Kayaking in BC



David Whitley escapes from Vancouver to paddle amongst some rather elusive seals


What is that?

From the end of the jetty, it looks like there’s something in the water. I point over to the disturbance of the calm ocean surface, and Peter shakes his head. “If it keeps its head above the surface for more than a couple of minutes, then it’s not a harbour seal.”


He’s right. It’s a rock. And Peter Loppe should know – he’s been taking kayaks out on Indian Arm for nearly twenty years. Just half an hour’s drive away from downtown Vancouver, this glacier-cut inlet is a tranquil branch of British Columbia’s most southerly fjord.


Canada’s fjords

You don’t tend to hear too much about the Canadian fjords but, despite the blanket marketing campaigns, Norway doesn’t have a monopoly on this front. A series of them splinter the Canadian coastline up from Vancouver to the Alaskan border, and there is a remarkable biodiversity contained within these craggy landscapes.


Part of this is due to the shallow soil of the surrounding temperate rainforest. When the rain comes – as it frequently does in this part of the world – waterfalls burst into life down the hillsides, taking the soil with them. The resulting nutrients end up settling in the fjord and allowing kelp to grow. This draws in the fish, which in turn draws in the predators.


Survival strategies

The elaborate ecosystem leads to some unusual survival strategies. As we push off in our kayak, Peter turns us round to look at the wooden legs of the jetty. They’re encrusted with hundreds of mussels, way above the water level. “Look how small they are,” he says. “You’d never serve them in a restaurant, would you?”


Enormous tides of around five metres mean that the mussels have to make a choice. Do they aim for the rocks and supports that are only covered by water for a few hours a day, thus not getting much food, or do they go lower and leave themselves at the mercy of marauding starfish?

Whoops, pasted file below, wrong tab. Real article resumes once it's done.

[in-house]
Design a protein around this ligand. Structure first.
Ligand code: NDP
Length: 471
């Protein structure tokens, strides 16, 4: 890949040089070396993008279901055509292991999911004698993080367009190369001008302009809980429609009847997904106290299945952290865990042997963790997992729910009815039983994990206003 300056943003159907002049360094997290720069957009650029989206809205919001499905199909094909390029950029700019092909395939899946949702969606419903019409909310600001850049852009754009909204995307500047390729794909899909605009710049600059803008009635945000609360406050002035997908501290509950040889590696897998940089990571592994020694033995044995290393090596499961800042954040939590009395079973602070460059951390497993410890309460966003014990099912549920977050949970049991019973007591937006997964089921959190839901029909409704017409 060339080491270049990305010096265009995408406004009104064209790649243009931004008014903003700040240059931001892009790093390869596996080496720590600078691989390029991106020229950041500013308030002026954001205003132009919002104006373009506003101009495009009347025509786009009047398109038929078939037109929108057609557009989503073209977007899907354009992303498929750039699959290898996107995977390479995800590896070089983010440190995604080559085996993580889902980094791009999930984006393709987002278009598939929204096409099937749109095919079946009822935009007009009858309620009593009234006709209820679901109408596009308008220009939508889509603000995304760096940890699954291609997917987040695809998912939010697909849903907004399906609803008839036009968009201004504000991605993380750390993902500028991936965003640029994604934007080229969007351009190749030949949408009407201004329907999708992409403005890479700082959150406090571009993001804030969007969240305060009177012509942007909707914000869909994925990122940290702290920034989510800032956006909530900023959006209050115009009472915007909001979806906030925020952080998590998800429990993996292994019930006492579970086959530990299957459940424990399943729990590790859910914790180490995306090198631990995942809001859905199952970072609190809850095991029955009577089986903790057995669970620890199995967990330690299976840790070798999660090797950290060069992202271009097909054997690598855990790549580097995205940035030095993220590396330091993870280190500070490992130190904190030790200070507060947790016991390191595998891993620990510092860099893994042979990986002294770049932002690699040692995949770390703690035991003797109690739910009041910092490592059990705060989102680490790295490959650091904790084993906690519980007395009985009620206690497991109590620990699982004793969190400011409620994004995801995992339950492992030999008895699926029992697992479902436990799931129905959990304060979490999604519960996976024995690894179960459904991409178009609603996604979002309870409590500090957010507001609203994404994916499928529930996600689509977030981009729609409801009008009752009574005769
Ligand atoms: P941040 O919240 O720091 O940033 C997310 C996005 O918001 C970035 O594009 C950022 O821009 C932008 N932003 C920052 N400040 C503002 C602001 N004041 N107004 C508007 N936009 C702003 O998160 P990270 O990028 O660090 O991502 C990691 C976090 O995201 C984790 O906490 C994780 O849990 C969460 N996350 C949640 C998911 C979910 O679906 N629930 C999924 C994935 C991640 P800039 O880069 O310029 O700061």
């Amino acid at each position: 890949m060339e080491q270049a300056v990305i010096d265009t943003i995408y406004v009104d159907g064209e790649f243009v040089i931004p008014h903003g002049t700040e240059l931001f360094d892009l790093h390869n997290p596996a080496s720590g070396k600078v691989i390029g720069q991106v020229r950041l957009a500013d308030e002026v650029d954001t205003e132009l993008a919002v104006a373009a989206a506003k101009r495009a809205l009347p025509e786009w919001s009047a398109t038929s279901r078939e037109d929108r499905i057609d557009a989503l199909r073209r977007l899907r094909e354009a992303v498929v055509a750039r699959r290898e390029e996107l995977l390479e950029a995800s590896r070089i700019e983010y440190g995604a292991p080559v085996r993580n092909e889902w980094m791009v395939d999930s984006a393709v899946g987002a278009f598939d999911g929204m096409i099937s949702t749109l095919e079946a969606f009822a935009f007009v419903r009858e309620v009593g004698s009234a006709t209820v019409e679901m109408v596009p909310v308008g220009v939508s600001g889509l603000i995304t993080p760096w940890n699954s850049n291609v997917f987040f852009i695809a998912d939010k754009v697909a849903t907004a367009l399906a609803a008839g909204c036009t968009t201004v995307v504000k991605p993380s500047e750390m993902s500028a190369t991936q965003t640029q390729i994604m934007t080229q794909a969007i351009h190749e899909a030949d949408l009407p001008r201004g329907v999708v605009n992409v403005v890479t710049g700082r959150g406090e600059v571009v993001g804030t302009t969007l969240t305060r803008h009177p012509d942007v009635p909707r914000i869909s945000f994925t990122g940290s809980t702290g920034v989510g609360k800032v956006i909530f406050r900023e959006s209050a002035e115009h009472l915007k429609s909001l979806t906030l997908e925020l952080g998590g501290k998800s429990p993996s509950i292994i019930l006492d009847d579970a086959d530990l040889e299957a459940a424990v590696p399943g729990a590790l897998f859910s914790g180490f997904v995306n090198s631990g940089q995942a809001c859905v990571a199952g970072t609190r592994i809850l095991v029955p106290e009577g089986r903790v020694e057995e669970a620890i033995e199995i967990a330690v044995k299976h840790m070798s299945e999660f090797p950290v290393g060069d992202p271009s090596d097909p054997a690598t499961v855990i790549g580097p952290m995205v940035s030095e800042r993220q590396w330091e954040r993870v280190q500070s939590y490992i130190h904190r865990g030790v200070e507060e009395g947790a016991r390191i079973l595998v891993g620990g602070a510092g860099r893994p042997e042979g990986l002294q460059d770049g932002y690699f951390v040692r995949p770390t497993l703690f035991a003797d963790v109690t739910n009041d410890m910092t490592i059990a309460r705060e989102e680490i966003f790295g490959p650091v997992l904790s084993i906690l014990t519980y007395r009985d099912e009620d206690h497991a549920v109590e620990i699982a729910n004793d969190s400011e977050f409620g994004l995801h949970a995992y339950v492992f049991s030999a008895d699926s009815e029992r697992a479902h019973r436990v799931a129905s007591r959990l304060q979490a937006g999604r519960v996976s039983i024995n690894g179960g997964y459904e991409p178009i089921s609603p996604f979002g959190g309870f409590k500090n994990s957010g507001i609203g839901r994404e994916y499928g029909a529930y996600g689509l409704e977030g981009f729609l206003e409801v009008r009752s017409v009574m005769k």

On closer inspection, a clear hierarchy emerges; bands of colour spreading upwards reveal what lives where. Scores of purple starfish bob around in the water, while mosses and mussels compete for space above. At the higher levels, the barnacles hang out, while a seemingly barren black stripe seems to create a natural cut-off point before the Douglas pines takes over the mountainsides.


“The black bit is the splash zone,” says Peter. “Freshwater dwellers can’t live there because it’s seawater, and seawater creatures can’t live there because the water doesn’t often get there. That leaves only algae” You can, apparently, go round the 243,000km Canadian coastline and see this for much of the way.


The birds

Fascinating though this is, I’d rather hoped that there would be more to wildlife aspect of this kayaking adventure than peering at shellfish and algae. Luckily, the fjord is also throbbing with birdlife. The seagulls do their darnedest to shatter the peace, ducks fly off in formation every time the menacing kayak approaches, and the Canada geese gracefully glide in pairs. We spot one of the geese on the rocks, guarding a nest.


Peter explains that the male gets the raw end of the deal in the nesting arrangement. The males are generally more attractive, and thus hubby’s job is to stand slightly away from the nest, acting as a decoy for any passing birds of prey that might fancy munching on the chicks.


The Twin Islands

After a couple of hours spent sauntering around the coastline, looking up at the still snow-doused mountains and steadily picking up sunburn from the reflections on the water, we pull over at the Twin Islands. Well, at least they’re twins at high tide; at low tide, the narrow channel between them becomes a rocky land bridge.


We moor the kayak and scramble up to a vantage point with splendid views across the fjord. Peter whips out his miniature barbecue and sets to work on a three course lunch – home made salsa and dips, followed by grilled fresh salmon and potato salad then strawberries and cream. It’s a rather impressive feast considering the limited facilities. We chat about the history of the Vancouver area, from logging and fur outpost to major metropolis within 150 years, until Peter spots something in the water.


“A rock?” I venture, conscious of my earlier misidentification.

“No – look. It’s a river otter,” he replies. “Wow – I don’t think I’ve ever seen one of them in here before.”


On the way back we go to investigate some rather less natural additions to the fjord. A sprinkling of holiday homes dots the shoreline, each boasting its own jetty. Many can only be accessed by boat, and there are a few curious gaps. “That’s where one burned down,” says Peter. “They can’t get fire insurance out here, because the fire trucks can’t make it.”


But the harbour seals can, and finally my fruitless rock-spotting turns good. In front of us, the seal sticks his head up for a look around, then follows up with his backside and plunges back down into the water. And while swimming after him would be one way to explore the fjord, I suspect it’ll be a little chilly in there. I think I’ll stick to the kayak.


Details: Contact Lotus Land Tours (Vancouvernatureadventures.com) to arrange a kayaking adventure on Indian Arm.


Disclosure: David Whitley was a guest of Tourism Vancouver.